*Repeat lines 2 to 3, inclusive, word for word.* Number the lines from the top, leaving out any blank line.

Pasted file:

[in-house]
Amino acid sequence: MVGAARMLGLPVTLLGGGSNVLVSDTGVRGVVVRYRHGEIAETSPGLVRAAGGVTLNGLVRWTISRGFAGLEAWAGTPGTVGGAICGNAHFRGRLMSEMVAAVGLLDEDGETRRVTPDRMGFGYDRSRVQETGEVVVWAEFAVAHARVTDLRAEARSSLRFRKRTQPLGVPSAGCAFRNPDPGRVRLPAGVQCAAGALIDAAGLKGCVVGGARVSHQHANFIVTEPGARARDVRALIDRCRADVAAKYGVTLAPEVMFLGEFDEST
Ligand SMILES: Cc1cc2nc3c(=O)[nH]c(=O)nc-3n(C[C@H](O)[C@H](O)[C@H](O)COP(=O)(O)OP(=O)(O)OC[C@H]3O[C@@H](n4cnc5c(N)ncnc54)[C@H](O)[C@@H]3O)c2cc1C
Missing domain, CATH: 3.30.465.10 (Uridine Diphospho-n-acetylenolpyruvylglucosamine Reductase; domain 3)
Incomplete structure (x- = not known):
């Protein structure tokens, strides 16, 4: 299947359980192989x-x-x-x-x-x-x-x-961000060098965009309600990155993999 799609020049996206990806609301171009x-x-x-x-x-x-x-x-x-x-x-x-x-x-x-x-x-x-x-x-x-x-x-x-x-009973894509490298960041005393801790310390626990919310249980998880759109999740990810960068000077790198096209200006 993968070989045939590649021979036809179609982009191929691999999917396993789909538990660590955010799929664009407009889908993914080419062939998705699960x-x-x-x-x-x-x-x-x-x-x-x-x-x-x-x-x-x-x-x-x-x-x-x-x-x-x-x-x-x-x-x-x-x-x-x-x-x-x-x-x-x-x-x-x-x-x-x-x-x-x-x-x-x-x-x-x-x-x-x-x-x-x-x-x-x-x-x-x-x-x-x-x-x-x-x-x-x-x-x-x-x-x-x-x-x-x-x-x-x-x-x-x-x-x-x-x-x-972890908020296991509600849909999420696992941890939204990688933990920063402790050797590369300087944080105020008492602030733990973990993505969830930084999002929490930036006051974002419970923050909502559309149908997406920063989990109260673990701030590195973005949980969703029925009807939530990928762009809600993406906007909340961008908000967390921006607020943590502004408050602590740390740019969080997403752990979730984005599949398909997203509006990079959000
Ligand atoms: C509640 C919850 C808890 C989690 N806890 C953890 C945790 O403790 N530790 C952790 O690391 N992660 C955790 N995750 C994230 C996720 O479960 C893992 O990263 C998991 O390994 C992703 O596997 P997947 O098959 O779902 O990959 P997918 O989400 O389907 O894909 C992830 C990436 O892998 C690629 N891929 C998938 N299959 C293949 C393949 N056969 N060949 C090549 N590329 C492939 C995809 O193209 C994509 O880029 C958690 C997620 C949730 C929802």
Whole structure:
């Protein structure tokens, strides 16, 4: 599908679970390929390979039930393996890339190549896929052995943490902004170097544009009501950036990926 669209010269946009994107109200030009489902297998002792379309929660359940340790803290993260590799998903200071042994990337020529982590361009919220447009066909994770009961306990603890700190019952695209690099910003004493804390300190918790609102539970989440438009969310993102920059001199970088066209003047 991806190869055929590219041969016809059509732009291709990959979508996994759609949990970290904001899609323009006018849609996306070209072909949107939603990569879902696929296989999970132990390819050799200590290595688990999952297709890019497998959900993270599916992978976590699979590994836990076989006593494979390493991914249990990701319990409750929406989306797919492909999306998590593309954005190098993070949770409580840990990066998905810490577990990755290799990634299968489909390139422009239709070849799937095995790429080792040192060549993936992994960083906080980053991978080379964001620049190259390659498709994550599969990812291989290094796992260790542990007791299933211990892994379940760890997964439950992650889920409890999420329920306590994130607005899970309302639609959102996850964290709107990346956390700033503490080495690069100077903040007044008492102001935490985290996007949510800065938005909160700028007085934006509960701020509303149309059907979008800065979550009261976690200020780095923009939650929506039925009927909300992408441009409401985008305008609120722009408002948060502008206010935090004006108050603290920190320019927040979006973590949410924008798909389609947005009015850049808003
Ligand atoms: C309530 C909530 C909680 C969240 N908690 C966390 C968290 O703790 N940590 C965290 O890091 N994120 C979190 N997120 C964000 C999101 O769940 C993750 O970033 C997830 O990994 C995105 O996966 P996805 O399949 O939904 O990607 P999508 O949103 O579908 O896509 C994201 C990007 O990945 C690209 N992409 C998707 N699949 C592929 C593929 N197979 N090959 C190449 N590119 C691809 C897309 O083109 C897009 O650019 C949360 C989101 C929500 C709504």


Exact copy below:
Amino acid sequence: MVGAARMLGLPVTLLGGGSNVLVSDTGVRGVVVRYRHGEIAETSPGLVRAAGGVTLNGLVRWTISRGFAGLEAWAGTPGTVGGAICGNAHFRGRLMSEMVAAVGLLDEDGETRRVTPDRMGFGYDRSRVQETGEVVVWAEFAVAHARVTDLRAEARSSLRFRKRTQPLGVPSAGCAFRNPDPGRVRLPAGVQCAAGALIDAAGLKGCVVGGARVSHQHANFIVTEPGARARDVRALIDRCRADVAAKYGVTLAPEVMFLGEFDEST
Ligand SMILES: Cc1cc2nc3c(=O)[nH]c(=O)nc-3n(C[C@H](O)[C@H](O)[C@H](O)COP(=O)(O)OP(=O)(O)OC[C@H]3O[C@@H](n4cnc5c(N)ncnc54)[C@H](O)[C@@H]3O)c2cc1C